Finland supports proper land use in Tanzania
Like other countries around the world, Tanzania is facing climatic changes and environmental degradation challenges. Deforestation and improper uses of land are among the problems that impact environmental preservation in the country. And strong policies and laws are required to ensure environmental preservation for better future. To this end, the Tanzanian government is collaborating with various stakeholders at home and in the international community to promote, strengthen and sensitise citizens to participate in efforts aimed at environmental preservation and proper land use.
The country's National Environment Management Council (NEMC) came into being in 1983, when the Government of Tanzania enacted the National Environment Management Act No.19 (1983). Although the enactment of Environmental Management Act No. 20 (2004) in October 2004 repealed the 1983 legislation, NEMC was re-established by the 2004 statute and continues to this day. It is quite clear that the Council's efforts have borne fruit - in terms of raising public awareness, interests and action. So far, more than 159 community-based organisations (CBOs) and non-governmental organisations (NGOs) have been formed to combat environmental degradation and support efforts aimed at preserving the environment.
The Finnish at work in Zanzibar
Amid the efforts undertaken by the government of Tanzania and its people in preserving environment, the Finnish government has been a strong and reliable partner in supporting and financing various programmes that are designed to help realise well-surveyed land and preserved forests. Finnish support goes back to 1991, when the Scandanavian nation's government established a strong cooperative framework in Zanzibar, a Tanzanian island - through the Zanzibar Integrated Land and Environment Management project. In 2005, positive Finnish collaboration continued with the Sustainable Management of Land and Environment (SMOLE) project, which was aiming at supporting land registration in the island. And, this year, the Finnish government has supported introduction of second phase for SMOLE, by which further and massive land registration is planned to take place.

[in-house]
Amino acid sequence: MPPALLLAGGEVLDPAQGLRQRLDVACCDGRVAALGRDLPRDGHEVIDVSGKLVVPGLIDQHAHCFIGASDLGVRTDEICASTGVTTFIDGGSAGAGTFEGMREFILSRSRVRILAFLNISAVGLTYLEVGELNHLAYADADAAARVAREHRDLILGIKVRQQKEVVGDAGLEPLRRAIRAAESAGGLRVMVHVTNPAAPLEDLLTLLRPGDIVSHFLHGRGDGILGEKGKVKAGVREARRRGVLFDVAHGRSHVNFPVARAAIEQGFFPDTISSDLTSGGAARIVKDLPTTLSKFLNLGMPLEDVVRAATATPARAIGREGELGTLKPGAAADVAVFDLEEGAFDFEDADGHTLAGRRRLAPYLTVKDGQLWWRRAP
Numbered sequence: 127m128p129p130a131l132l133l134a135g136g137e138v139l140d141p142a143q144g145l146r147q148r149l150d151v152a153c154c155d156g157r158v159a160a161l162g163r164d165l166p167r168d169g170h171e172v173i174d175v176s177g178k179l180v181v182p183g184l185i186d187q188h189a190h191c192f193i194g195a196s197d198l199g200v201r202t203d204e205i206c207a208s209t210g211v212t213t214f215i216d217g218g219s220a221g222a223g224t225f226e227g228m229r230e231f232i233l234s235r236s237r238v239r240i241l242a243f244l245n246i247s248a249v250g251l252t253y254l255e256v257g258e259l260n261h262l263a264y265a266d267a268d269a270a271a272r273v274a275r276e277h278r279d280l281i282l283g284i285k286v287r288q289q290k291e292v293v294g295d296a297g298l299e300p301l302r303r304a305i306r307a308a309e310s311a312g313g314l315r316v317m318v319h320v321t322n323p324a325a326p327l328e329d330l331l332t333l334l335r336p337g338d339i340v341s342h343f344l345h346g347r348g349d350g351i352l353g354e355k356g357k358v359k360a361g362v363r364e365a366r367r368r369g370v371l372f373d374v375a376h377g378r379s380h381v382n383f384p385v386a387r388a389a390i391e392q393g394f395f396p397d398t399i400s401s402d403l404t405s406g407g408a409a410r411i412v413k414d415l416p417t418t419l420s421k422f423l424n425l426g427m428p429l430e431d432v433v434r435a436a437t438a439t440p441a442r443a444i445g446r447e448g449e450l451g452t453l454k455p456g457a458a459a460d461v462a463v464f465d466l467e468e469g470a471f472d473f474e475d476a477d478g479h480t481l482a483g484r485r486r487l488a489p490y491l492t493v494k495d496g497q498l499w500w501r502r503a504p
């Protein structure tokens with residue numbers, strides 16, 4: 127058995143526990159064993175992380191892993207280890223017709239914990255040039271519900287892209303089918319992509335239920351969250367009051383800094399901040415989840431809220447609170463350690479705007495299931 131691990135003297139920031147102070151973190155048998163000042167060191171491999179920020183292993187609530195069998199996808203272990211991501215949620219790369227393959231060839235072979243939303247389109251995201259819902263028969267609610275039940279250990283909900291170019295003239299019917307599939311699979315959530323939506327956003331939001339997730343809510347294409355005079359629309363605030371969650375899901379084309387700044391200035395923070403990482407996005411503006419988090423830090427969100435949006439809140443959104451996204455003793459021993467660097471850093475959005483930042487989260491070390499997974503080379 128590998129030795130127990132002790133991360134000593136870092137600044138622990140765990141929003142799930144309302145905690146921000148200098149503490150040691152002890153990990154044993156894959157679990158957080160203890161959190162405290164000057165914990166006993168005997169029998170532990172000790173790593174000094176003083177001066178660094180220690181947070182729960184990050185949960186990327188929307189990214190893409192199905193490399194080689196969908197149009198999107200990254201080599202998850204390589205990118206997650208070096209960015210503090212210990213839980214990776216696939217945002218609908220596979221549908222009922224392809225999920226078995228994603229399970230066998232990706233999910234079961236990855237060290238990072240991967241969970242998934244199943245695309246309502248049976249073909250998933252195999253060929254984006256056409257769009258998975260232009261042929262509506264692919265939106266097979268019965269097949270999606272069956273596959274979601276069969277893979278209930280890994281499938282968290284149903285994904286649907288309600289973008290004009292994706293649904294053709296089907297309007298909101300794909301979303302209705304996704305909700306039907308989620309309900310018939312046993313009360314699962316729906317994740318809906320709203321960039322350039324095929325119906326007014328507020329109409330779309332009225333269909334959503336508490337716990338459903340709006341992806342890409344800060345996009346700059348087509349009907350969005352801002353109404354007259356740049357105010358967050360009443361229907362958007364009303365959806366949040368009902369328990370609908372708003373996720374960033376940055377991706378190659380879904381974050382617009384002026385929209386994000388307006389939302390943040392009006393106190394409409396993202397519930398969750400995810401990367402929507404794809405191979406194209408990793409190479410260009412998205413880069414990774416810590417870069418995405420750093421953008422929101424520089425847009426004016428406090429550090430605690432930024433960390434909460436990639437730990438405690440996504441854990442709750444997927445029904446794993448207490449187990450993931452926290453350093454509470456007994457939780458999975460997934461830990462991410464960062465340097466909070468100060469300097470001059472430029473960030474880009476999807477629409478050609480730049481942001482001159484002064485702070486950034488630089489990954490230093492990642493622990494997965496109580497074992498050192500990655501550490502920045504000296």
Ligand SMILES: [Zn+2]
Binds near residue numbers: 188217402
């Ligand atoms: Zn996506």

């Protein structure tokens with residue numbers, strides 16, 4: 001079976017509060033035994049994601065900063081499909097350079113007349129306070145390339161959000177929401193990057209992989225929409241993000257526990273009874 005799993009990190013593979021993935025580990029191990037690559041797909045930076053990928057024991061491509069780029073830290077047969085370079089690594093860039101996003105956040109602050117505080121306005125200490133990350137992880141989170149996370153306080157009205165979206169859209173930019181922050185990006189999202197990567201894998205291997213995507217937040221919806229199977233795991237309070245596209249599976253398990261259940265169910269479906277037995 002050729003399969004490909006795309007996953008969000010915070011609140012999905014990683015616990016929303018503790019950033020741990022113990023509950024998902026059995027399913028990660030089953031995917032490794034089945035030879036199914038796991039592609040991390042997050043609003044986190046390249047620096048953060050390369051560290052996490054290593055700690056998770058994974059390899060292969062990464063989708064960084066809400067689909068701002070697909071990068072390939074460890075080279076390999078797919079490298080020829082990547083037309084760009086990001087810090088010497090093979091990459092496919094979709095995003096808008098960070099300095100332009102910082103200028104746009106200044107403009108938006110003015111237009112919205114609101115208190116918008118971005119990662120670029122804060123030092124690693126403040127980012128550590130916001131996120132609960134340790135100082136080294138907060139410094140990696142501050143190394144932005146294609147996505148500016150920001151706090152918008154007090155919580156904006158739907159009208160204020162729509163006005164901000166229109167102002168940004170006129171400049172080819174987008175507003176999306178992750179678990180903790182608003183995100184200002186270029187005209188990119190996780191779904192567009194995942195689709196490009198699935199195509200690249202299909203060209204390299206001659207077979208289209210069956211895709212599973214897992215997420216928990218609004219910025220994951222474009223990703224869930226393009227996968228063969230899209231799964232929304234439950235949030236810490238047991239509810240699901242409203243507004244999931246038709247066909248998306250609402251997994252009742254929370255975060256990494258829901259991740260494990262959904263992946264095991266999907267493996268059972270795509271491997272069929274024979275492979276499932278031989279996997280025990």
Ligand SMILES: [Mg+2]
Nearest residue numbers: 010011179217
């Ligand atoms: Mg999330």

The Finnish Ambassador to Tanzania, Ms Sinikka Antila, said, “We see it a very important investment in the development of Zanzibar and its people.”
In March this year, the Ambassador and the President of Zanzibar, Dr Ali Mohamed Shein, participated in the launch of a land registration scheme for the island - with the government of Zanzibar looking forward to registering at least half of its plots by 2015, under the Zanzibar Strategy for Growth and Reduction of Poverty. The Ambassador gave President Shein a map of Unguja and Pemba at the launch event for the land registration scheme.
Zanzibar’s principal land secretary, Mr Ali Halil Mirza, said as the scheme was launched that the land registration project, which is financed to a significant extent by the government of Finland, would improve land use in Zanzibar for urban development, settlements and agriculture. He appreciated the Finnish government's commitment to a sustainable future for the people of Zanzibar, and to the future of Tanzania at large. He confirmed, also, that Finland and Zanzibar had begun work on land issues in 1983, and that the Zanzibar maps are a product of Finnish mapping projects.
Land use possibilities and programmes
Ambassador Antila assured the public that Finland has provided financial guarantees for the surveying of at least 70,000 plots by 2014. She said, “The budget for registering 100,000 parcels has been estimated at one million Euros. The whole support to SMOLE is nine million Euros.”